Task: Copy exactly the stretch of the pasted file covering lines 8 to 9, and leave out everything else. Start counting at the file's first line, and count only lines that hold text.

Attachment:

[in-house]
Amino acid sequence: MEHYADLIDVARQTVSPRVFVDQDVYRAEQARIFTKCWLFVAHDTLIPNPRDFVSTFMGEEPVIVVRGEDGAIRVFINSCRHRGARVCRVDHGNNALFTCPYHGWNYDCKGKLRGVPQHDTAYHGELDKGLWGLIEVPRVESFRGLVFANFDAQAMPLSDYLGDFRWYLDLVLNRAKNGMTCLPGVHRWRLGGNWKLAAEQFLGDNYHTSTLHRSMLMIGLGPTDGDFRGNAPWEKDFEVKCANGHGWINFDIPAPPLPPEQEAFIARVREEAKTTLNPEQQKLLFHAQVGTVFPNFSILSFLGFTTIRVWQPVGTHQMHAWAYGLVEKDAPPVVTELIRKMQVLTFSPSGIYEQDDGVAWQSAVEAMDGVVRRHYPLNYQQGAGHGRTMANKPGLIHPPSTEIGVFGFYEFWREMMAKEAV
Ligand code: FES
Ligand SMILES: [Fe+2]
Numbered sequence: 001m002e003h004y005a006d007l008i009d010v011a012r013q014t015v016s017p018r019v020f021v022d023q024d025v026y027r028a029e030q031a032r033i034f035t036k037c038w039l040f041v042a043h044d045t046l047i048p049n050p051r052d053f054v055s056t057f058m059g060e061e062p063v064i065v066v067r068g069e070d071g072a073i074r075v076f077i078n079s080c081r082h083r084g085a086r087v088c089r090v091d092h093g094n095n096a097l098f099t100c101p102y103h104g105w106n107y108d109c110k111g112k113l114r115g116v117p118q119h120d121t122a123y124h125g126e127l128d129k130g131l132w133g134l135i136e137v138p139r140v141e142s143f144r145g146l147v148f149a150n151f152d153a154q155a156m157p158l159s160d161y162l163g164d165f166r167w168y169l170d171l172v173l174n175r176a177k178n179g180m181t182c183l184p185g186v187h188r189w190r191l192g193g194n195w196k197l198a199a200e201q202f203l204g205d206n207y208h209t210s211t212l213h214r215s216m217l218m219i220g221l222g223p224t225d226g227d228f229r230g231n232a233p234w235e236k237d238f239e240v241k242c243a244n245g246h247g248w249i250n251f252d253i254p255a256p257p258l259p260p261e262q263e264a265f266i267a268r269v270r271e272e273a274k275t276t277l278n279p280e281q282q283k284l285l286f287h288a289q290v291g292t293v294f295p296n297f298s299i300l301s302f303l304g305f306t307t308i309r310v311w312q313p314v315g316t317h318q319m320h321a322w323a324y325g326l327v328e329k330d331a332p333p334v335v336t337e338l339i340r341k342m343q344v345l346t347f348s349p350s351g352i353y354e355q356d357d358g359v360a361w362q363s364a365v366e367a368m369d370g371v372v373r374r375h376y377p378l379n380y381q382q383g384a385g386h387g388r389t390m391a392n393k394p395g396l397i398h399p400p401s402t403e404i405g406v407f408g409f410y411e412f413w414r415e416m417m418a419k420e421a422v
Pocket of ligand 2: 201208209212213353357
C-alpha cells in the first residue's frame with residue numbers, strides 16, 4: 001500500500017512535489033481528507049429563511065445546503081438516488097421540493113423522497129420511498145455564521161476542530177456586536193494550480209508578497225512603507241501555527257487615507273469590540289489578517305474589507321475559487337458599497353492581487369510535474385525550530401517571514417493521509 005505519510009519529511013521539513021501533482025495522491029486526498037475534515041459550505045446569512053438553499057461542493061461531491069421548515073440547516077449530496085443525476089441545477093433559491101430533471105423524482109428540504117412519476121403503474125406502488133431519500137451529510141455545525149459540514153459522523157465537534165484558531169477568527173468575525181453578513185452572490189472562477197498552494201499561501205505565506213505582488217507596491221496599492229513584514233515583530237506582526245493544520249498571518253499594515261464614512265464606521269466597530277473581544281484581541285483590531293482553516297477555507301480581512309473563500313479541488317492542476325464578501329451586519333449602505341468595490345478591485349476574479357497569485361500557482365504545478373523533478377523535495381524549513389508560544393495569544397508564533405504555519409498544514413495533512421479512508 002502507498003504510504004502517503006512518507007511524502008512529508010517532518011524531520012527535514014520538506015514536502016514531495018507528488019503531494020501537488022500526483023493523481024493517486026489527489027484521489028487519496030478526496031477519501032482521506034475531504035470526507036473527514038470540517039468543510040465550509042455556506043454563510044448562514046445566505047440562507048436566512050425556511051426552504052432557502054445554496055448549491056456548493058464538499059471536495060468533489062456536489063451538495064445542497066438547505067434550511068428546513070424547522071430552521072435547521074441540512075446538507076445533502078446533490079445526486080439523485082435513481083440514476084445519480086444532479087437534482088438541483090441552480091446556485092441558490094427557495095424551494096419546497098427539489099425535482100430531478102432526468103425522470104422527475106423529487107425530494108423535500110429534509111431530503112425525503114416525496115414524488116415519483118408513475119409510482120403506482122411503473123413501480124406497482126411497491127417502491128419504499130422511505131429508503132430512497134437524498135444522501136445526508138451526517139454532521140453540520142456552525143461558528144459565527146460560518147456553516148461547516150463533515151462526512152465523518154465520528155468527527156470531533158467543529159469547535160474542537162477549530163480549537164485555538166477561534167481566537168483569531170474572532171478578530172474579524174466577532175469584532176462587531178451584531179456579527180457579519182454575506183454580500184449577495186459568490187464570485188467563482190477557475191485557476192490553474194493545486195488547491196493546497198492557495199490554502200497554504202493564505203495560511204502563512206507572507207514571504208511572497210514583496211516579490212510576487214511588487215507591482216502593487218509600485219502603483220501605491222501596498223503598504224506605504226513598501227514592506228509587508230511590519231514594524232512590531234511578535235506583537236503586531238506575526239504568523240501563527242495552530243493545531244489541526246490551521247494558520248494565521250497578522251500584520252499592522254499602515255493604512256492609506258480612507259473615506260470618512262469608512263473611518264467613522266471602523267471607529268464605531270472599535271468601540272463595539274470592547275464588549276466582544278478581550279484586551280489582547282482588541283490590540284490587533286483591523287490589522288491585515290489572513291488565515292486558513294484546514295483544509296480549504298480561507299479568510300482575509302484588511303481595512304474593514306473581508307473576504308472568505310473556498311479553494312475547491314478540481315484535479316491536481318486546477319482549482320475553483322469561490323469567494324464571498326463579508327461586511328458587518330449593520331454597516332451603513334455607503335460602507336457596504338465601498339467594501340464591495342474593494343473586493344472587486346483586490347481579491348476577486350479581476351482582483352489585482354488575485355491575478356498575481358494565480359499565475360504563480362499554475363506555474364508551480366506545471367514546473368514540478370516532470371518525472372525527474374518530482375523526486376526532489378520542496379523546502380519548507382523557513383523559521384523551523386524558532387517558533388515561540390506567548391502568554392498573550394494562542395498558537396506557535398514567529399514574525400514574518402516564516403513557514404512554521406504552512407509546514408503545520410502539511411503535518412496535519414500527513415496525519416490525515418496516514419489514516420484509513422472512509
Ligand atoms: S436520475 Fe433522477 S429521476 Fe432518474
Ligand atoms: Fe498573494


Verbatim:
Ligand atoms: S436520475 Fe433522477 S429521476 Fe432518474
Ligand atoms: Fe498573494